Republican Mayors Push Climate Action Without Saying “Climate Change”
Leadership in addressing climate change in the United States has shifted away from Washington, D.C. Cities across the country are organizing, networking, and sharing resources to reduce their greenhouse gas emissions and tackle related challenges ranging from air pollution to heat island effects.
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But group photos at climate change summits typically feature big-city Democratic mayors rubbing shoulders. Republicans are rarer, with a few notable exceptions, such as Kevin Faulconer of San Diego and James Brainard of Carmel, Indiana.
Faulconer co-chairs the Sierra Club’s Mayors for 100 Percent Clean Energy Initiative, which rallies mayors around a shared commitment to power their cities entirely with clean and renewable energy. Brainard is a longtime champion of the issue within the U.S. Conference of Mayors and the Climate Mayors network.
In our research at the Boston University Initiative on Cities, we found that large-city Republican mayors shy away from climate network memberships and their associated framing of the problem. But in many cases they advocate locally for policies that help advance climate goals for other reasons, such as fiscal responsibility and public health. In short, the United States is making progress on this issue in some surprising places.
In our initiative’s recent report, “Cities Joining Ranks,” we systematically reviewed which U.S. cities belong to 10 prominent city climate networks. These networks, often founded by mayors themselves, provide platforms to exchange information, advocate for urban priorities and strengthen city governments’ technical capacities.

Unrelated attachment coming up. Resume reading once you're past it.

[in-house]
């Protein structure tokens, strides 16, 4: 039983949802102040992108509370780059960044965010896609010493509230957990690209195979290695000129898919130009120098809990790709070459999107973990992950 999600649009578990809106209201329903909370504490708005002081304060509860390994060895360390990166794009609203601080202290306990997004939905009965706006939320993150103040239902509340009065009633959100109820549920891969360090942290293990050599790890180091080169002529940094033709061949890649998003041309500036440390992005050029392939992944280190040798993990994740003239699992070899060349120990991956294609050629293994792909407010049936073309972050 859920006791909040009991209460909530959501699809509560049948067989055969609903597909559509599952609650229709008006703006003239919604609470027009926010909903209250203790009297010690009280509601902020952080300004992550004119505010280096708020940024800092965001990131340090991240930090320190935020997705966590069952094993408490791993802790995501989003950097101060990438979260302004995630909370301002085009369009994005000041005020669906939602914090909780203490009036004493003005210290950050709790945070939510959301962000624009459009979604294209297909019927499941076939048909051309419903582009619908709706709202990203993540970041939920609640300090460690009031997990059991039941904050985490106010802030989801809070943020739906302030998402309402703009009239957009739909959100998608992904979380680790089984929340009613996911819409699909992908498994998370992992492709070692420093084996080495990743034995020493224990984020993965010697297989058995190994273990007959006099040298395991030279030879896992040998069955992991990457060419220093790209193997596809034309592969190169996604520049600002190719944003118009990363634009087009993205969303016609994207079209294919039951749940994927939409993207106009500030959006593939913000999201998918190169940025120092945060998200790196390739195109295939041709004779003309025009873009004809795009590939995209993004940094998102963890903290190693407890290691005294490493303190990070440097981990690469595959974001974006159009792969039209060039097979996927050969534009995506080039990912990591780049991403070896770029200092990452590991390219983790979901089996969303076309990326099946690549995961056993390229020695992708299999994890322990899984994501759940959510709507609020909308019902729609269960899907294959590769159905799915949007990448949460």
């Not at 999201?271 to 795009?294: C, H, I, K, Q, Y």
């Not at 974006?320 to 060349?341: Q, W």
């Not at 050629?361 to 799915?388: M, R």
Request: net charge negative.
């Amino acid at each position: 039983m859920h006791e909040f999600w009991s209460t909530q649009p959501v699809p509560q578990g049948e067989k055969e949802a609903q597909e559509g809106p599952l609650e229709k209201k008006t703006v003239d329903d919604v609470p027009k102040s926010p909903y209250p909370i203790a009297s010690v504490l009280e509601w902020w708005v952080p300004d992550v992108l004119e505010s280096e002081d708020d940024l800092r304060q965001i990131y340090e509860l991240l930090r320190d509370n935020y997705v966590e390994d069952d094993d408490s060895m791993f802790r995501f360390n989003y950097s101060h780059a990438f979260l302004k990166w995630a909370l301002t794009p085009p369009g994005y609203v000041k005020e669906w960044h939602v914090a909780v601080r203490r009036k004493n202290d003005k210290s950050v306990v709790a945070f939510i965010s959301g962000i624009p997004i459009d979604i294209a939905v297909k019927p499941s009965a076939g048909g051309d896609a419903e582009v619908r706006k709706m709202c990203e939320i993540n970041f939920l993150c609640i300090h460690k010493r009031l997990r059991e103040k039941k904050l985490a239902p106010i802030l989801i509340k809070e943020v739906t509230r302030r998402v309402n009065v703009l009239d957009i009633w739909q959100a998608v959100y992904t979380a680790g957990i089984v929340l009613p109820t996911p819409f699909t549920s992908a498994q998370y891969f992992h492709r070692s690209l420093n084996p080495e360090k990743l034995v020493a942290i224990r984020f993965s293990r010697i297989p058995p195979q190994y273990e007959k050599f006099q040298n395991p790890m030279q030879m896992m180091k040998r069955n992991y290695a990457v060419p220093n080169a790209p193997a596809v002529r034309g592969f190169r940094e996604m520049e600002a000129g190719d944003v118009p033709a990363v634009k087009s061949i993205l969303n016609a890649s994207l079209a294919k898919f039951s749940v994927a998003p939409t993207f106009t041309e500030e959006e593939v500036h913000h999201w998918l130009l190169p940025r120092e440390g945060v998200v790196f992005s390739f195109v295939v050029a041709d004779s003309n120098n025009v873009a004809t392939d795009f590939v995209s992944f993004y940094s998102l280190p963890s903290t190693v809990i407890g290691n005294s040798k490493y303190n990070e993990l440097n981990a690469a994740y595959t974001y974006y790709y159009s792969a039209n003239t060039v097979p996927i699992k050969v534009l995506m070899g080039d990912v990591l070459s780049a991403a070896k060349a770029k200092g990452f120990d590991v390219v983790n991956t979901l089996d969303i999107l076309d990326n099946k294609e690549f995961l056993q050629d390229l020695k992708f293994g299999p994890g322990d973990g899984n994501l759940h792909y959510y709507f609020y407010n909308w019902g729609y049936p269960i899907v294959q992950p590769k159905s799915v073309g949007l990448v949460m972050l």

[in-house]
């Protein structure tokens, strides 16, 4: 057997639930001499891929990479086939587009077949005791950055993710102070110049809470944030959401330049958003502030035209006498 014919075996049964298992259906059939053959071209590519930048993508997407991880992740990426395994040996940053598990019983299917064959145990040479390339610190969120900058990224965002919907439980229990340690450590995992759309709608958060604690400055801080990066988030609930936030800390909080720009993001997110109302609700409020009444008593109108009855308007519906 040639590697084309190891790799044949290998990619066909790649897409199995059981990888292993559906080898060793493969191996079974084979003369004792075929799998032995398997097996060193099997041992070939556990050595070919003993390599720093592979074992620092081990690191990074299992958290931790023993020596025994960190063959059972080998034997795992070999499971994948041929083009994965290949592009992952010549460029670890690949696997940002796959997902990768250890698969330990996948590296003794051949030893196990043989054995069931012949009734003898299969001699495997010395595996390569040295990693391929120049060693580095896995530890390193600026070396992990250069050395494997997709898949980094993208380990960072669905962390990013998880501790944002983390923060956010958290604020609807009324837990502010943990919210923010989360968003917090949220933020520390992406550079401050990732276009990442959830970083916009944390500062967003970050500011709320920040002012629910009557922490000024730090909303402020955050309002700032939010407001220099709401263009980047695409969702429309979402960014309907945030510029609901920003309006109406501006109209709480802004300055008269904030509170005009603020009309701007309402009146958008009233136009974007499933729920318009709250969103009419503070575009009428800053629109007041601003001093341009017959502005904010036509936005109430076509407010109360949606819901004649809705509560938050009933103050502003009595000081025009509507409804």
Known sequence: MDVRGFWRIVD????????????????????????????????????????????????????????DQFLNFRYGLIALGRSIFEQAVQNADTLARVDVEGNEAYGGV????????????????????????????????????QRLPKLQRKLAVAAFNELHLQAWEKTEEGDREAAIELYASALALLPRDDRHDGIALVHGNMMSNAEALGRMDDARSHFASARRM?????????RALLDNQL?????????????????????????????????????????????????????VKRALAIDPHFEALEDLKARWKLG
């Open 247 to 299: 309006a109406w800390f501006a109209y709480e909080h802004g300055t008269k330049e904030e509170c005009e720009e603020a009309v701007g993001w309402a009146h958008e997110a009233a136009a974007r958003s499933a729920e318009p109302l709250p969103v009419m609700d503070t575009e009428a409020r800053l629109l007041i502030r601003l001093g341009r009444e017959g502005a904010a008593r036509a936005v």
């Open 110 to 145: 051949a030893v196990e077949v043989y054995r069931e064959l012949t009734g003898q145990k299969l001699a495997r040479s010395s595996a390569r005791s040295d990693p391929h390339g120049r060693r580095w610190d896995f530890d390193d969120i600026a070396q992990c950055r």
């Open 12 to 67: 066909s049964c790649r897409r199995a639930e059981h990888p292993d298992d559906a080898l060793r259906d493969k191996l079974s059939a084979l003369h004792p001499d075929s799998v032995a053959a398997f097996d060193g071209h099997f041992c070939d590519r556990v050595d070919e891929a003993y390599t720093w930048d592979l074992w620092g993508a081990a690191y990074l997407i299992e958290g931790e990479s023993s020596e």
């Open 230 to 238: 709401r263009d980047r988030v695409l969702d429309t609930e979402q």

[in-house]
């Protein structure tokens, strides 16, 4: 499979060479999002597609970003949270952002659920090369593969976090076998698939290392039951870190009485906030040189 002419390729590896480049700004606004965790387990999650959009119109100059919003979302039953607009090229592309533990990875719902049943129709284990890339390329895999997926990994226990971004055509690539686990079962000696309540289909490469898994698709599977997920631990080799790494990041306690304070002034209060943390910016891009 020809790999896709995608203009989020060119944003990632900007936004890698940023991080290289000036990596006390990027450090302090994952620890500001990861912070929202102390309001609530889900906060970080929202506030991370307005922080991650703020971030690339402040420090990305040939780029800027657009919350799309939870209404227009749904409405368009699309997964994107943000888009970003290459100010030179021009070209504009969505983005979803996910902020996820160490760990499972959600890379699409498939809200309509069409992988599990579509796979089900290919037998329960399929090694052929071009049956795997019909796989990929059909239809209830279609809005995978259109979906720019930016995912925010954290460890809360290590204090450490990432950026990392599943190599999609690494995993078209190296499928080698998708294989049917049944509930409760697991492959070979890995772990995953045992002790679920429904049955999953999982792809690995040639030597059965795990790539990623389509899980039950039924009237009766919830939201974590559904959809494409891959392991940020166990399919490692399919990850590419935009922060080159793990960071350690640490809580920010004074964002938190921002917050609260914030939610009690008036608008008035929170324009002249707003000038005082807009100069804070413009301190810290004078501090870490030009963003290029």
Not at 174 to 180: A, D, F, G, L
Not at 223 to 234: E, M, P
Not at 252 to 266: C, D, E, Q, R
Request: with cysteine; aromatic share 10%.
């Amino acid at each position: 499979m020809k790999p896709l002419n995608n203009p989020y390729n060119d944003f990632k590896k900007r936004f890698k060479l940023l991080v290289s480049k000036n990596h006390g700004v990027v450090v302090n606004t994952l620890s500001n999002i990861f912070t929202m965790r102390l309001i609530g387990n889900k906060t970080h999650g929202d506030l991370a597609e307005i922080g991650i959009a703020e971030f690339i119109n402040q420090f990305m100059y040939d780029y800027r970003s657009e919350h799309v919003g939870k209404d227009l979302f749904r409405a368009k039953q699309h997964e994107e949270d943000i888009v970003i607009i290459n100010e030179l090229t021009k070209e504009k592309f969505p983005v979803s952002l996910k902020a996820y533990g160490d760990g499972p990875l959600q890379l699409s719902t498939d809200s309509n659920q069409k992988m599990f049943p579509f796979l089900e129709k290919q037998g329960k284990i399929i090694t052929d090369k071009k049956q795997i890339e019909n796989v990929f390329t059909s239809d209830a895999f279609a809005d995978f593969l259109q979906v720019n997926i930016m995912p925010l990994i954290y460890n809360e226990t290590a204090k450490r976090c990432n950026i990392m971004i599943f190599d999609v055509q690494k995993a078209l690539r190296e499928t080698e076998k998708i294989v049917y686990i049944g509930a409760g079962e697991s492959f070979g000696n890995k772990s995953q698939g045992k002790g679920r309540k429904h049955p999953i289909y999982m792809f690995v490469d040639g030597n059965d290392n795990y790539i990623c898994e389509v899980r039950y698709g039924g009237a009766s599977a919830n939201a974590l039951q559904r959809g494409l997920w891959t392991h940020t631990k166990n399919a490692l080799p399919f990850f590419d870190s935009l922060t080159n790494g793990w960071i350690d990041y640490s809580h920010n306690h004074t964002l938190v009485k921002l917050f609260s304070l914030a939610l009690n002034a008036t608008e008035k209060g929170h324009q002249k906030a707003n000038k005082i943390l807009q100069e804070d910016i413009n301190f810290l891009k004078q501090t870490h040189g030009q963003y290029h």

The networks we assessed included Climate Mayors, We Are Still In, and ICLEI USA. We found a clear partisan divide between Republican and Democrat mayors. On average, Republican-led cities with more than 75,000 residents belong to less than one climate network. In contrast, cities with Democratic mayors belonged to an average of four networks. Among the 100 largest U.S. cities, of which 29 have Republican mayors and 63 have Democrats, Democrat-led cities are more than four times more likely to belong to at least one climate network.
This split has implications for city-level climate action. Joining these networks sends a very public signal to constituents about the importance of safeguarding the environment, transitioning to cleaner forms of energy, and addressing climate change. Some networks require cities to plan for or implement specific greenhouse gas reduction targets and report on their progress, which means that mayors can be held accountable.
The real measure of Republican mayors taking action on climate change is not the number of networks they join but the policy steps they take, often quietly, at home. While few Republican mayors may attend the next round of subnational climate summits, many have set out policy agendas that mitigate climate change, without calling a lot of attention to it — much like a number of rural U.S. communities. Focusing narrowly on policy labels and public commitments by mayors fails to capture the various forms of local climate action, especially in GOP-led cities.
Carmel, Indiana Mayor James Brainard has suggested that some of his less-outspoken counterparts may fear a backlash from conservative opinion-makers. “There are a lot of Republicans out there that think like I do. They have been intimidated, to some extent, by the Tea Party and the conservative talk show hosts,” Brainard has said.